Educators have been subject to the stresses of the pandemic too. In a survey of 17,352 Canadian educators by the Canadian Teachers’ Federation, 44 per cent expressed concerns about their own mental health and well-being.
Here are three ways school systems and school leaders can support student emotional well-being to ground academic success.
1. Foster teachers’ sense of personal and professional safety. In order for educators to attend to the well-being of their students, they must also prioritize their own well-being.
When school systems and school leaders provide reassurance of personal safety, opportunity to collaborate with peers and time to adapt their classroom practices, they contribute to educators’ sense of well-being. Research suggests that perceiving that decisions and actions can impact life outcomes is associated with lower work stress, greater likelihood of asking for support and positive thinking.
Teachers need to have agency to shape the learning environment, and to assess and address their students’ emotional well-being and readiness to learn before embarking on an ambitious plan to make up for lost academic time. When teachers feel safe and supported, they will be better positioned to support their students through responsive relationships.
In turn, students connect to teachers’ cues and feel soothed and safe. Through the important co-regulating responses of the educator-student relationship, children’s autonomic nervous systems (the primary mechanism behind the fight-or-flight response) are calmed. This creates a state of readiness to engage and learn.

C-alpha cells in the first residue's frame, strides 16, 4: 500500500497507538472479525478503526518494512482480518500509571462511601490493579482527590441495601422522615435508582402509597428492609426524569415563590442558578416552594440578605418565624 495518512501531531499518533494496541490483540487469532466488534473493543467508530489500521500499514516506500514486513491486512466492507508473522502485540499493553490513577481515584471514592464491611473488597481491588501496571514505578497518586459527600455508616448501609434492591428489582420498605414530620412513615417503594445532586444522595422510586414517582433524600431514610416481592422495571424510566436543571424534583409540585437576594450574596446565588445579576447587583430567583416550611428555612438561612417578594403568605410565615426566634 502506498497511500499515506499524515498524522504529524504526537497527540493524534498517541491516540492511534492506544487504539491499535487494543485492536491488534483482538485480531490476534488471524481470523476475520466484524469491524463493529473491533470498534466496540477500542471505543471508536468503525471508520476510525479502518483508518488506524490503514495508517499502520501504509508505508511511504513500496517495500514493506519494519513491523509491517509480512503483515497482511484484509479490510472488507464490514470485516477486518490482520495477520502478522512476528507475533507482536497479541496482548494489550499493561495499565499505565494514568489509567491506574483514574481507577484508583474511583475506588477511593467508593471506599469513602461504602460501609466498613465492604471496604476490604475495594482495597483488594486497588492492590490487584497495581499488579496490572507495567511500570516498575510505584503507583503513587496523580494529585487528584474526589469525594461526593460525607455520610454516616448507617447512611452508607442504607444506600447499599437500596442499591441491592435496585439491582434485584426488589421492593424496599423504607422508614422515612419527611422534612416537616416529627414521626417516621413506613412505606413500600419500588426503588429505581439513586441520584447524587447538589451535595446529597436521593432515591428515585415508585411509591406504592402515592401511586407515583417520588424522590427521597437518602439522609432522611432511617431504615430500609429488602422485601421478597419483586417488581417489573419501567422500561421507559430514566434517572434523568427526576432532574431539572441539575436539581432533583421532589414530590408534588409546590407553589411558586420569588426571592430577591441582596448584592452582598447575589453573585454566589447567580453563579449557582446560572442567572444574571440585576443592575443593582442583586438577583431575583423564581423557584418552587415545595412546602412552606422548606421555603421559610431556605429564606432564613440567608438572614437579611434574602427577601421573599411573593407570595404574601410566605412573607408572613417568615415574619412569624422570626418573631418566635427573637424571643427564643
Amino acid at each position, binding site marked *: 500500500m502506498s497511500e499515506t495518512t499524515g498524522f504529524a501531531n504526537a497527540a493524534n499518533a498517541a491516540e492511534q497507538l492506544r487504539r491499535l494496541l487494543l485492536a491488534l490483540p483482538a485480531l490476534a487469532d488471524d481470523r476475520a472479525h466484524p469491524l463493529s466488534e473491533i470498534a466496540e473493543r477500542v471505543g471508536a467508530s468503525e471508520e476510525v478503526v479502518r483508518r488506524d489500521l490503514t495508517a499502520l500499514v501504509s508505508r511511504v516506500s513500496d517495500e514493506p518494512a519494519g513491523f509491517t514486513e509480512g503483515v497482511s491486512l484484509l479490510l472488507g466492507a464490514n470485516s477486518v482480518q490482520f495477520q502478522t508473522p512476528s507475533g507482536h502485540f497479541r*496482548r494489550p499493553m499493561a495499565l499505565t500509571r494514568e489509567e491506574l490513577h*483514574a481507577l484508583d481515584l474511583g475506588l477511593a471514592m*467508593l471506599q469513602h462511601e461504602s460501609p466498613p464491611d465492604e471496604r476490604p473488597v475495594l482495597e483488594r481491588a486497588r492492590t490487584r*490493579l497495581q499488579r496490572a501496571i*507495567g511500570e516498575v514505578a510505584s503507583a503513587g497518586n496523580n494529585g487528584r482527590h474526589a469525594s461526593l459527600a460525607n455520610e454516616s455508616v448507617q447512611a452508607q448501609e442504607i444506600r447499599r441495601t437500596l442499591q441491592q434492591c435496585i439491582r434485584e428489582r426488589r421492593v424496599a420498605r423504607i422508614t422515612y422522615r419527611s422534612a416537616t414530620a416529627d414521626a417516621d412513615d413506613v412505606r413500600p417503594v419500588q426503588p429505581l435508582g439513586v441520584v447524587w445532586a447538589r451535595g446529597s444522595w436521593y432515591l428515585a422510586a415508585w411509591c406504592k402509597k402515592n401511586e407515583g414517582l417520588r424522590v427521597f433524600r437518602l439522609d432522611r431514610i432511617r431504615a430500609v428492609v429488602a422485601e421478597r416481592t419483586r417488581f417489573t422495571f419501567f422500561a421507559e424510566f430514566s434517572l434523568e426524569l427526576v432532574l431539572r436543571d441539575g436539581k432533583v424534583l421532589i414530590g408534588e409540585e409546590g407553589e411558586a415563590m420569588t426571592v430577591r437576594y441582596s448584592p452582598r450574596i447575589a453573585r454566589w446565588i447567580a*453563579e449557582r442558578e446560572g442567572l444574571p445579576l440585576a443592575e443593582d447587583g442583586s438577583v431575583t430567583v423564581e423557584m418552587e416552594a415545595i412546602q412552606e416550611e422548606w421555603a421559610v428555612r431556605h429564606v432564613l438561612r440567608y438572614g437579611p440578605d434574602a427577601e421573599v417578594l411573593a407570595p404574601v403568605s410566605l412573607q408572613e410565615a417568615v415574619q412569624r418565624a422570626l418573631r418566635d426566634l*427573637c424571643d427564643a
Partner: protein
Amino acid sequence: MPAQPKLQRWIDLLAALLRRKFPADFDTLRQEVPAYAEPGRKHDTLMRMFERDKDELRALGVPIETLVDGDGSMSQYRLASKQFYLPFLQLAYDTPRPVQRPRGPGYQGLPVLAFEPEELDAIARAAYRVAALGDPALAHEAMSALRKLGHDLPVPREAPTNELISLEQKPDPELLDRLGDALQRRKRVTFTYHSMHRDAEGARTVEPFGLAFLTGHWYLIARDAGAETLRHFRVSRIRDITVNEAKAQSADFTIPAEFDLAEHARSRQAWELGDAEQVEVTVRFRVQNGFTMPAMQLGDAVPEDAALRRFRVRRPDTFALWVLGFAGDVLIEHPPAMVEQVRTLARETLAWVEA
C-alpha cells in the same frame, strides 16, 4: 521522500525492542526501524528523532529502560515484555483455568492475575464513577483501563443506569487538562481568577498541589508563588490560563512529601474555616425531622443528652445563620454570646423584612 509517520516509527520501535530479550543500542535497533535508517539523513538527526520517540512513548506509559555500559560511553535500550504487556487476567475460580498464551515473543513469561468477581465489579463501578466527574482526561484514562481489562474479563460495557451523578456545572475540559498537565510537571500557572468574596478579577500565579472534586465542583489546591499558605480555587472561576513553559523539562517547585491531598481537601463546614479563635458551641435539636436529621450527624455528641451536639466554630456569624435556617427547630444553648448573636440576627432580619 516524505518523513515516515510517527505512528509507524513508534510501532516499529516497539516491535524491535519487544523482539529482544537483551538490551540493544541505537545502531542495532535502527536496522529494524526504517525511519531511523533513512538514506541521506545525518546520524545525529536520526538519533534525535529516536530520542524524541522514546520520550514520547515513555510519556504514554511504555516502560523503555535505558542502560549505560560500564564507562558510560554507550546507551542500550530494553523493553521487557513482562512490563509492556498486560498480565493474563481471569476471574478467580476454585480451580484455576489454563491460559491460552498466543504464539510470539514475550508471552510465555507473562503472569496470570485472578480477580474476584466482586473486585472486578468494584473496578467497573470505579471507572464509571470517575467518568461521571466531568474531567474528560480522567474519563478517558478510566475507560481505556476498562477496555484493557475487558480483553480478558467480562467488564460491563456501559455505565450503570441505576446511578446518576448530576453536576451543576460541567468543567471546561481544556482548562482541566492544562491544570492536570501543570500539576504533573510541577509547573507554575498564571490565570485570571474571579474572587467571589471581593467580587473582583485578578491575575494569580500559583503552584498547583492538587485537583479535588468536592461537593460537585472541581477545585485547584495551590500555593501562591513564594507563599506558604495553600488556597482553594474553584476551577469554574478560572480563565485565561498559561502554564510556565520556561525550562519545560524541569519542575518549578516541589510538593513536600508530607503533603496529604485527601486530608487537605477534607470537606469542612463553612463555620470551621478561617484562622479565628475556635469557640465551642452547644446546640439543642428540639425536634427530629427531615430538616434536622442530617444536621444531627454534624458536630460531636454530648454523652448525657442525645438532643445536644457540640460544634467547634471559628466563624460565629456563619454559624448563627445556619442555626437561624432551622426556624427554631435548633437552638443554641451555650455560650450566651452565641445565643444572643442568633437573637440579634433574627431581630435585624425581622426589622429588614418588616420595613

2. Modify academic expectations. Curriculum documents lay out expectations for each grade. There is no prescription for the timing of delivery, nor of the pacing. As professionals, teachers are well-aware of curricular expectations, and they modify pace and order to suit their class. Principals, vice-principals and any teachers in school leadership roles should recognize this need, and signal to teachers that this is OK. Teachers will plan to meet curriculum expectations as they always have, but there may be modification in their planned timelines particularly at the start of the year.
By accepting that things are different, and curbing the propensity to take on unrealistic timelines for improvement, educators can help students transition from a state of heightened stress to a more balanced state — a precursor to learning and success.
3. Build relationships with families. By taking an interest in how families are doing, and really listening, school-based educators take the lead on building more caring relationships with children and their homes. Home-school partnerships are crucial to understanding children’s well-being needs, and prioritizing them would help realize the pandemic’s catch phrase of collaboration and mutual support: “We’re all in this together.”
Making children feel emotionally safe and supporting their ability to self-regulate through positive relationships, and prioritizing teacher well-being and family connections, will support the quest for academic success.
This article was co-authored by Penny Patrician, who holds a PhD from the Ontario Institute for Studies in Education, University of Toronto, and who works as an education consultant.